Self-driving cars won't dominate American roadways for decades given millions of older vehicles consumers own, the top U.S. federal highway safety regulator said.
Traditional auto makers, suppliers and Silicon Valley giants and startups alike are racing to develop autonomous vehicles. But there are roughly 250 million cars and trucks currently on U.S. roadways that are more than a decade old on average, highlighting potentially long lead times before vehicles that predominantly drive themselves proliferate, Mark Rosekind, head of the National Highway Traffic Safety Administration, said Tuesday.
"For the next 20 to 30 years at least, we will likely have a mixed fleet of different levels of automation," Mr. Rosekind said before a House Energy and Commerce subcommittee. Ubiquitous fully self-driving cars "are years off," he said.
Auto makers are already deploying semiautonomous technologies that allow cars to perform driving functions themselves under limited circumstances, including automatic emergency brakes and adaptive cruise control that changes speeds based on traffic patterns.
Autonomous vehicles that don't require human intervention remain in testing stages, with companies eyeing ride-sharing fleets as initial laboratories for rolling them out to consumers. Uber Technologies Inc. earlier this year began letting some consumers hail autonomous taxis manned by backup drivers and engineers in the front seat to ensure safety.
Companies and government officials contend the technologies promise to improve safety and reduce rising traffic deaths. More than 90% of crashes can be tied to human choices or errors such as drunken driving or sending text messages from smartphones while behind the wheel, Mr. Rosekind said.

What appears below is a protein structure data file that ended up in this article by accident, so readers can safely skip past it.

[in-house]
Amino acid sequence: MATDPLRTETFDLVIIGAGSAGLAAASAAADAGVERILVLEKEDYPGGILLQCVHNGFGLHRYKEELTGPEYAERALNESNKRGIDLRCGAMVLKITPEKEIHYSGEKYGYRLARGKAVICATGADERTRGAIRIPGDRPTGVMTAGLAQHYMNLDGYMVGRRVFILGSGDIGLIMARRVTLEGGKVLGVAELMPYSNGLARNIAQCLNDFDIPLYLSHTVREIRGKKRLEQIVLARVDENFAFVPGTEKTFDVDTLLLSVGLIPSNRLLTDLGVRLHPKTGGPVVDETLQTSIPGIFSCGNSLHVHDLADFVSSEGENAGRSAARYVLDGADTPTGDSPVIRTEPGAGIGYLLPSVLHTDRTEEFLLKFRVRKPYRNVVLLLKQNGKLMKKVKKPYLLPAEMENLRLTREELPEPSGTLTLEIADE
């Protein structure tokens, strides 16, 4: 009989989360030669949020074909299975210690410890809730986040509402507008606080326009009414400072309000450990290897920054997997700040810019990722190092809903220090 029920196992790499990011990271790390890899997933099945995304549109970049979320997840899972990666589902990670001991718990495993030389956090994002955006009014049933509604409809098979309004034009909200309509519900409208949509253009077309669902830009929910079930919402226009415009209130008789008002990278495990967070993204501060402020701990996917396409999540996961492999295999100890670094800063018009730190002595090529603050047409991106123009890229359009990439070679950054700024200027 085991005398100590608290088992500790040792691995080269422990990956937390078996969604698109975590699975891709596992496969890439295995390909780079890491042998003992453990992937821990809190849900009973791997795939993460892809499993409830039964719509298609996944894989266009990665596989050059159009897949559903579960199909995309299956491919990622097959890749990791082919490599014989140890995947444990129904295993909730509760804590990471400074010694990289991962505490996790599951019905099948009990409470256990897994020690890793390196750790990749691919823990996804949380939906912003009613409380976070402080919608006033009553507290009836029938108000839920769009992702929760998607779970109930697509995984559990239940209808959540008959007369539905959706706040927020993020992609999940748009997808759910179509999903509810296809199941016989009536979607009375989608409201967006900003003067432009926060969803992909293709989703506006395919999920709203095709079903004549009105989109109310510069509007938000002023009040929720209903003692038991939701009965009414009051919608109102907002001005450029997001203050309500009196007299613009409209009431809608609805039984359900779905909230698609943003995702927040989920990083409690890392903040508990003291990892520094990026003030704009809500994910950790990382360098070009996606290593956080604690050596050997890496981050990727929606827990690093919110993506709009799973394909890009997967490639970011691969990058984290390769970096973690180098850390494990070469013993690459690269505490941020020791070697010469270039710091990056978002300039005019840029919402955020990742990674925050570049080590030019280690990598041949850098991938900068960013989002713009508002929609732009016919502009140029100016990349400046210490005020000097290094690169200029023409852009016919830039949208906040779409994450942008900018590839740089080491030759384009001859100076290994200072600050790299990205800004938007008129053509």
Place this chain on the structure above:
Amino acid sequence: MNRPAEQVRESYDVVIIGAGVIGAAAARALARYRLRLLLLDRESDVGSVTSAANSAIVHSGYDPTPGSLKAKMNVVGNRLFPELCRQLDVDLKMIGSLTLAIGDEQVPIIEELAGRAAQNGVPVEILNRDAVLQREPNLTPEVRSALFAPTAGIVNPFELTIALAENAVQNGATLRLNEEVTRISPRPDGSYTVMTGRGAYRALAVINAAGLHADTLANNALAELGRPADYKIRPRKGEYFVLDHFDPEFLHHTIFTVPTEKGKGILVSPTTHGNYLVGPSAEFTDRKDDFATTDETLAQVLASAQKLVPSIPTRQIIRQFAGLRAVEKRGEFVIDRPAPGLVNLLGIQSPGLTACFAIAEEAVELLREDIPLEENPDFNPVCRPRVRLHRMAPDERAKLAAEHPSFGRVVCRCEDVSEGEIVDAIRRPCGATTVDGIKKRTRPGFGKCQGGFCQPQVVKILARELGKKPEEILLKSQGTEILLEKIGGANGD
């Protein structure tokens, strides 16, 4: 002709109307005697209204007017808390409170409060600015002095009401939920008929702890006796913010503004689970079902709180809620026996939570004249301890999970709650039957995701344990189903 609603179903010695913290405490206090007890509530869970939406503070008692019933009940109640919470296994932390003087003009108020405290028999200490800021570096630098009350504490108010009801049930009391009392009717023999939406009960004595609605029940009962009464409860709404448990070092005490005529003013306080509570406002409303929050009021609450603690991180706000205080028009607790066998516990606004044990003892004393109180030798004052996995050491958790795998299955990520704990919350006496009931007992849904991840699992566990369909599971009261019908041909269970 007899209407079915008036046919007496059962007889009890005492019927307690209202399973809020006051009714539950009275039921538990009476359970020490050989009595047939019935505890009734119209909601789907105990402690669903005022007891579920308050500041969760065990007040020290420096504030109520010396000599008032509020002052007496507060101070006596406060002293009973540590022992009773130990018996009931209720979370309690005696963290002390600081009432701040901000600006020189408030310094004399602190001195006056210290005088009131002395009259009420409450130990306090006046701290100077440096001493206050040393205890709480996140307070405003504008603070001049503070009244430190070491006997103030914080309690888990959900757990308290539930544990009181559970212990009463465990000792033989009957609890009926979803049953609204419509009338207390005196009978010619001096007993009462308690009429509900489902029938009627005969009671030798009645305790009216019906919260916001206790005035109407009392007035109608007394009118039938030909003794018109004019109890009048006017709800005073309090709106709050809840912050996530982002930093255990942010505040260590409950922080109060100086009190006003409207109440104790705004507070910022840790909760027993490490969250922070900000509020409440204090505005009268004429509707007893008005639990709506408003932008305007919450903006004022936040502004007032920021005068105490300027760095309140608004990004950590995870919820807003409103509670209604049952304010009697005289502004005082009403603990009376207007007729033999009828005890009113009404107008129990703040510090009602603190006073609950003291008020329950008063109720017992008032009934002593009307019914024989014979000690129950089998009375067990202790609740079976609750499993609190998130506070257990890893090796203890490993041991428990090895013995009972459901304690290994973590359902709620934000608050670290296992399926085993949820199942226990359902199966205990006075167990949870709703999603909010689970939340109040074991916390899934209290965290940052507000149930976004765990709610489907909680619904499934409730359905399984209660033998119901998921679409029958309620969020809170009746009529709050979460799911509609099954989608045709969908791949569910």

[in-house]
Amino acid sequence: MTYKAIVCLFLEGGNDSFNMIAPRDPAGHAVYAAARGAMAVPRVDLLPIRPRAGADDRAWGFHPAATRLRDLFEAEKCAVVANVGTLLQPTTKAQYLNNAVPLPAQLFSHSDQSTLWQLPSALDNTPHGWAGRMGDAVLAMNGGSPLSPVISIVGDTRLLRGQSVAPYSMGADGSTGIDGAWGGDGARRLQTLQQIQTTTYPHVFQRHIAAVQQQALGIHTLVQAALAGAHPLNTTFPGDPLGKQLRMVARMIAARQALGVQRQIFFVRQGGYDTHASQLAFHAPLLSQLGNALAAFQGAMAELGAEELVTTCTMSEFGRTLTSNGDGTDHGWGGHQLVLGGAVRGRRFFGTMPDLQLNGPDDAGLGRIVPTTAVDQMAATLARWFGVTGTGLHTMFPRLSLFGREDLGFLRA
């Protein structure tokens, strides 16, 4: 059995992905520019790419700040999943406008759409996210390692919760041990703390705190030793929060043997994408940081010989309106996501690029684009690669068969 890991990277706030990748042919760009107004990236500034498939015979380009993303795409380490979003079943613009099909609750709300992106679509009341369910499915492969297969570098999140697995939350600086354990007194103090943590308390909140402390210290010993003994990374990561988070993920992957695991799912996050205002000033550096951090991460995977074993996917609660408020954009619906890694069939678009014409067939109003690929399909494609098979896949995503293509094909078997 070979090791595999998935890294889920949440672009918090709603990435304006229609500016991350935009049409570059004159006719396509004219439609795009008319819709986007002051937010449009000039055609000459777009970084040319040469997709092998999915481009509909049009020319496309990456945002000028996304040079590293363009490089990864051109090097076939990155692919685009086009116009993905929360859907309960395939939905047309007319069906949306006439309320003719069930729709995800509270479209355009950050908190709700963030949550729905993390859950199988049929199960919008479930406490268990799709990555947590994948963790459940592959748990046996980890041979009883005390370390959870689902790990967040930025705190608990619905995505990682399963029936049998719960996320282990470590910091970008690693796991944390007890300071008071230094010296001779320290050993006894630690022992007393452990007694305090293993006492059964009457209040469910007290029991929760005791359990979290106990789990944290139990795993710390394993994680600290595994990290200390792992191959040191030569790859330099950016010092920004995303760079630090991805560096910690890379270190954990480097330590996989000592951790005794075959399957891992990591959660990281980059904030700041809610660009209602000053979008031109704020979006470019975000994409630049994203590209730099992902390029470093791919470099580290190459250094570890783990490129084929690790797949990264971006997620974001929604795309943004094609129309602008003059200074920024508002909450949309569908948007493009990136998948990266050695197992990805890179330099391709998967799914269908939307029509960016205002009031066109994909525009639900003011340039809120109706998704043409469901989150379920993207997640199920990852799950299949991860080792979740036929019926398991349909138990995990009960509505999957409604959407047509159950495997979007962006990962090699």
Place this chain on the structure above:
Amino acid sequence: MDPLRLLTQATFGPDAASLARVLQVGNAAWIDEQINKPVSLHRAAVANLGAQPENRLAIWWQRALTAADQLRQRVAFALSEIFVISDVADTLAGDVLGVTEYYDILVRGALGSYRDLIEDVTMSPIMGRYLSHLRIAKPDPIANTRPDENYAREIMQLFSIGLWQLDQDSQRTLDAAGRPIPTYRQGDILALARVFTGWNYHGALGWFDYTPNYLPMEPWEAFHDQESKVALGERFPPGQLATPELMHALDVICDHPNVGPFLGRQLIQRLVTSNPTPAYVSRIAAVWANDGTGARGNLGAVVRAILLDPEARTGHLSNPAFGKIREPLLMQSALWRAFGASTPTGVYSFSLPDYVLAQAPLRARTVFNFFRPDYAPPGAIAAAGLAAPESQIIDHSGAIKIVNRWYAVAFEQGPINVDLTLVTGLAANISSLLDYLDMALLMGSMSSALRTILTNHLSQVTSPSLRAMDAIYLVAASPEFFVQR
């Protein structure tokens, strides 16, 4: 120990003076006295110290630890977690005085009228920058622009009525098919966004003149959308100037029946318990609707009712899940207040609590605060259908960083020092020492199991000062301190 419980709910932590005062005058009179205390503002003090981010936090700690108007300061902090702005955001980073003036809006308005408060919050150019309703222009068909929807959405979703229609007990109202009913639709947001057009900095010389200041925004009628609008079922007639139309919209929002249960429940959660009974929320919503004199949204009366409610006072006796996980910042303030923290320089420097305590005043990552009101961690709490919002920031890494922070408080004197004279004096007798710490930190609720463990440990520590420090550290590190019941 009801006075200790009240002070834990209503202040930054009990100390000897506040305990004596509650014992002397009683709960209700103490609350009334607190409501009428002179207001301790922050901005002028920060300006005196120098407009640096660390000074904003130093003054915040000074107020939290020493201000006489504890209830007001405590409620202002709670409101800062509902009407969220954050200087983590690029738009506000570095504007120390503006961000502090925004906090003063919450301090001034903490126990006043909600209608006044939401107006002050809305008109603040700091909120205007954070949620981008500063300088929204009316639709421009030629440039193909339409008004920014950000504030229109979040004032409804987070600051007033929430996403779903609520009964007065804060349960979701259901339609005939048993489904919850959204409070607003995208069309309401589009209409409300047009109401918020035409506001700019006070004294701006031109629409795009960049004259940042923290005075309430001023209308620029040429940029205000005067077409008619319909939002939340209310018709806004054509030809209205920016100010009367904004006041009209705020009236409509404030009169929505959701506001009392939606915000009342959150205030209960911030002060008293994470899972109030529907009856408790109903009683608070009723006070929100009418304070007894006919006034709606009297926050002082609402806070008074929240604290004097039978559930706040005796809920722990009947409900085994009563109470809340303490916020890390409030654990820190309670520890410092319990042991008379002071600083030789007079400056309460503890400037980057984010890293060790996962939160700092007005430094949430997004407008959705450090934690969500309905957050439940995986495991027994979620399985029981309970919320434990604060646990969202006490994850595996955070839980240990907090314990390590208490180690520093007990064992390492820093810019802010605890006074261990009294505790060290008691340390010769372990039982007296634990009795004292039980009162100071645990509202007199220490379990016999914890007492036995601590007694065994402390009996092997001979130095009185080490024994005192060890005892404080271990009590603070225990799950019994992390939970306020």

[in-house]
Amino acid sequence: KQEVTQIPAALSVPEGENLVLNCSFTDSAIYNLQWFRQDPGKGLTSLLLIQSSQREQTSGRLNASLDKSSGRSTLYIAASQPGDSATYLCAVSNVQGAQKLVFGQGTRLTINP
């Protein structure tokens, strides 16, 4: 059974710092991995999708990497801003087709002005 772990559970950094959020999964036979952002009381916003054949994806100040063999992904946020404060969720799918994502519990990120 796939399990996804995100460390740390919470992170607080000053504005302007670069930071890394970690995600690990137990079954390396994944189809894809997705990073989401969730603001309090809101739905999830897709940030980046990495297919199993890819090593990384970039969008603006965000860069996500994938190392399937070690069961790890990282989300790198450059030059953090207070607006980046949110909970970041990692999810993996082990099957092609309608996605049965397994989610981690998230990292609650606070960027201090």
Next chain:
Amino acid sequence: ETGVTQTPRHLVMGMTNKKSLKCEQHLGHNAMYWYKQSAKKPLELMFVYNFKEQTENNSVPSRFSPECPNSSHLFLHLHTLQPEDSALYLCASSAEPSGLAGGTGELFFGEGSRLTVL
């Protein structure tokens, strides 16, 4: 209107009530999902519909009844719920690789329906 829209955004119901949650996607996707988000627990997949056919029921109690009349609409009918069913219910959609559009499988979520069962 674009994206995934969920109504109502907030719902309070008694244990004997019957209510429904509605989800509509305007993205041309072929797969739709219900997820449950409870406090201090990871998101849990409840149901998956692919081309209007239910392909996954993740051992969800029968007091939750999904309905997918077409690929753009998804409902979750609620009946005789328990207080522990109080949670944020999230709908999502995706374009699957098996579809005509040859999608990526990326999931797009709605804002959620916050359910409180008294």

But the technologies are also drawing increased scrutiny. Mr. Rosekind's agency in June started probing Tesla Motors Inc.'s Autopilot system after a fatal crash involving one of the company's electric cars. Lawmakers didn't question Mr. Rosekind about the investigation. Tesla has since updated Autopilot with technology that Chief Executive Elon Musk claimed likely would have prevented the fatal crash.
Mr. Rosekind said regulators expect auto makers to comply with voluntary self-driving car guidelines that ask them to submit a 15-point safety assessment letter that includes details on how autonomous vehicles are tested, safeguards should systems fail and plans to prevent vehicle hacking. Regulators have so far avoided developing full-force regulations amid concerns a lengthy rule making process will fail to keep pace with rapid technological advances.
Auto makers are seeking more clarity on the safety assessment and are concerned about regulators' suggestions to collect and share companies' data.
"If you want everyone to trust what you're working on...we would think you want the most thorough, transparent public notice of what you're doing to address safety upfront," Mr. Rosekind said.
He added it remains "one of our biggest fears, frankly," that auto makers might take advantage of the guidelines' voluntary nature. "It's not required at this point, it's a policy," Mr. Rosekind said, though regulators are weighing future regulations that would compel the safety assessment.
Mr. Rosekind said maintaining driverless-car technologies could need government oversight. Asked whether they would be examined as part of traditional state safety inspections, Mr. Rosekind cited rupture-prone Takata Corp. air bags that became more dangerous over time and prolonged exposure to heat and humidity. Automated-driving sensors, radars and cameras "have a service life," Mr. Rosekind said. "How they will be maintained remains an open question in this coming period."